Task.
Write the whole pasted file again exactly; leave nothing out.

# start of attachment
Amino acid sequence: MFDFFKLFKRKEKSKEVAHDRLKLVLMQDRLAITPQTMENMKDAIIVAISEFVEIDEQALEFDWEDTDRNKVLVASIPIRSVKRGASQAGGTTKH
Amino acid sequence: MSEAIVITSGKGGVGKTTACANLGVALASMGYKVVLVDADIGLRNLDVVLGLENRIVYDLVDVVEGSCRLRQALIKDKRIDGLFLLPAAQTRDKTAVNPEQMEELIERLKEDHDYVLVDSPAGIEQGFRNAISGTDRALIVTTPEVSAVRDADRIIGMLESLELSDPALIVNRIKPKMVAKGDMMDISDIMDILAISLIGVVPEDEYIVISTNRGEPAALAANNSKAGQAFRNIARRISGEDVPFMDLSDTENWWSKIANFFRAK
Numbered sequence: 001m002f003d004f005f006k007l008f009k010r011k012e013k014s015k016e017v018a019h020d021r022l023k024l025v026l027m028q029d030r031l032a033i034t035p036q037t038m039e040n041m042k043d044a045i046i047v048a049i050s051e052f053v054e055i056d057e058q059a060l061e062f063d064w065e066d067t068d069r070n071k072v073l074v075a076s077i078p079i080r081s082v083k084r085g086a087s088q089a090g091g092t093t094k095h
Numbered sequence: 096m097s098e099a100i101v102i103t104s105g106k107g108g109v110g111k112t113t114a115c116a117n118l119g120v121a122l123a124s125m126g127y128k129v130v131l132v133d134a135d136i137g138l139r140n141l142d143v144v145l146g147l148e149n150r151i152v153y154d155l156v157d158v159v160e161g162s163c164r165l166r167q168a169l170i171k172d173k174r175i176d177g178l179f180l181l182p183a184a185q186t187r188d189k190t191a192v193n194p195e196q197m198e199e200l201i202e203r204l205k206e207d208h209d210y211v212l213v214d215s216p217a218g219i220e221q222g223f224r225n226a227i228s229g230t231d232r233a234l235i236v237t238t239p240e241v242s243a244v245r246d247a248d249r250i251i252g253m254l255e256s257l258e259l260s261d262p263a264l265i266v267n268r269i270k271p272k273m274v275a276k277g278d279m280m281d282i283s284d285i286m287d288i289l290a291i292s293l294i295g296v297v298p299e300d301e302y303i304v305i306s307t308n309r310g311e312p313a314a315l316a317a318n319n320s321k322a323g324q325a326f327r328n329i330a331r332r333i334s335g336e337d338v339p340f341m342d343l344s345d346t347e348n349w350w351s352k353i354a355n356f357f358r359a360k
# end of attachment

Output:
Amino acid sequence: MFDFFKLFKRKEKSKEVAHDRLKLVLMQDRLAITPQTMENMKDAIIVAISEFVEIDEQALEFDWEDTDRNKVLVASIPIRSVKRGASQAGGTTKH
Amino acid sequence: MSEAIVITSGKGGVGKTTACANLGVALASMGYKVVLVDADIGLRNLDVVLGLENRIVYDLVDVVEGSCRLRQALIKDKRIDGLFLLPAAQTRDKTAVNPEQMEELIERLKEDHDYVLVDSPAGIEQGFRNAISGTDRALIVTTPEVSAVRDADRIIGMLESLELSDPALIVNRIKPKMVAKGDMMDISDIMDILAISLIGVVPEDEYIVISTNRGEPAALAANNSKAGQAFRNIARRISGEDVPFMDLSDTENWWSKIANFFRAK
Numbered sequence: 001m002f003d004f005f006k007l008f009k010r011k012e013k014s015k016e017v018a019h020d021r022l023k024l025v026l027m028q029d030r031l032a033i034t035p036q037t038m039e040n041m042k043d044a045i046i047v048a049i050s051e052f053v054e055i056d057e058q059a060l061e062f063d064w065e066d067t068d069r070n071k072v073l074v075a076s077i078p079i080r081s082v083k084r085g086a087s088q089a090g091g092t093t094k095h
Numbered sequence: 096m097s098e099a100i101v102i103t104s105g106k107g108g109v110g111k112t113t114a115c116a117n118l119g120v121a122l123a124s125m126g127y128k129v130v131l132v133d134a135d136i137g138l139r140n141l142d143v144v145l146g147l148e149n150r151i152v153y154d155l156v157d158v159v160e161g162s163c164r165l166r167q168a169l170i171k172d173k174r175i176d177g178l179f180l181l182p183a184a185q186t187r188d189k190t191a192v193n194p195e196q197m198e199e200l201i202e203r204l205k206e207d208h209d210y211v212l213v214d215s216p217a218g219i220e221q222g223f224r225n226a227i228s229g230t231d232r233a234l235i236v237t238t239p240e241v242s243a244v245r246d247a248d249r250i251i252g253m254l255e256s257l258e259l260s261d262p263a264l265i266v267n268r269i270k271p272k273m274v275a276k277g278d279m280m281d282i283s284d285i286m287d288i289l290a291i292s293l294i295g296v297v298p299e300d301e302y303i304v305i306s307t308n309r310g311e312p313a314a315l316a317a318n319n320s321k322a323g324q325a326f327r328n329i330a331r332r333i334s335g336e337d338v339p340f341m342d343l344s345d346t347e348n349w350w351s352k353i354a355n356f357f358r359a360k